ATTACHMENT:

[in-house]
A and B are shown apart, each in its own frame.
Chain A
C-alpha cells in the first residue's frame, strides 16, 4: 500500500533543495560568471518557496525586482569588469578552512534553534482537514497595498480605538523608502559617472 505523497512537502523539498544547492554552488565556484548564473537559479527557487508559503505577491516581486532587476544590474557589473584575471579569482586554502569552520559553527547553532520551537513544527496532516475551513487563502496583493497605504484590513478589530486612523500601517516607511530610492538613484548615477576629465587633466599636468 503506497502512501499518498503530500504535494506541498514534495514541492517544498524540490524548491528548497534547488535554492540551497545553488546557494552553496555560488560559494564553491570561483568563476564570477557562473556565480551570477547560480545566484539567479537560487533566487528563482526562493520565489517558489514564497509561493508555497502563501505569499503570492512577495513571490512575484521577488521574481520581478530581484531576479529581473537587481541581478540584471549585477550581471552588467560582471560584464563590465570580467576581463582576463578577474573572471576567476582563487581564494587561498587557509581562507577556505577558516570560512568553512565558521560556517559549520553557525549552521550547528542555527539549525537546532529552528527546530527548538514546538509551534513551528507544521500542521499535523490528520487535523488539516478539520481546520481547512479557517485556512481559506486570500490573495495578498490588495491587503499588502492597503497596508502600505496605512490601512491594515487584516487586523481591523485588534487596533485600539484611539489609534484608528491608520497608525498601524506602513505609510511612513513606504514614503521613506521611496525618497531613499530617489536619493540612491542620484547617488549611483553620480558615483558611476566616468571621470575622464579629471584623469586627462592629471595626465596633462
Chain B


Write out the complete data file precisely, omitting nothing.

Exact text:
[in-house]
A and B are shown apart, each in its own frame.
Chain A
C-alpha cells in the first residue's frame, strides 16, 4: 500500500533543495560568471518557496525586482569588469578552512534553534482537514497595498480605538523608502559617472 505523497512537502523539498544547492554552488565556484548564473537559479527557487508559503505577491516581486532587476544590474557589473584575471579569482586554502569552520559553527547553532520551537513544527496532516475551513487563502496583493497605504484590513478589530486612523500601517516607511530610492538613484548615477576629465587633466599636468 503506497502512501499518498503530500504535494506541498514534495514541492517544498524540490524548491528548497534547488535554492540551497545553488546557494552553496555560488560559494564553491570561483568563476564570477557562473556565480551570477547560480545566484539567479537560487533566487528563482526562493520565489517558489514564497509561493508555497502563501505569499503570492512577495513571490512575484521577488521574481520581478530581484531576479529581473537587481541581478540584471549585477550581471552588467560582471560584464563590465570580467576581463582576463578577474573572471576567476582563487581564494587561498587557509581562507577556505577558516570560512568553512565558521560556517559549520553557525549552521550547528542555527539549525537546532529552528527546530527548538514546538509551534513551528507544521500542521499535523490528520487535523488539516478539520481546520481547512479557517485556512481559506486570500490573495495578498490588495491587503499588502492597503497596508502600505496605512490601512491594515487584516487586523481591523485588534487596533485600539484611539489609534484608528491608520497608525498601524506602513505609510511612513513606504514614503521613506521611496525618497531613499530617489536619493540612491542620484547617488549611483553620480558615483558611476566616468571621470575622464579629471584623469586627462592629471595626465596633462
Chain B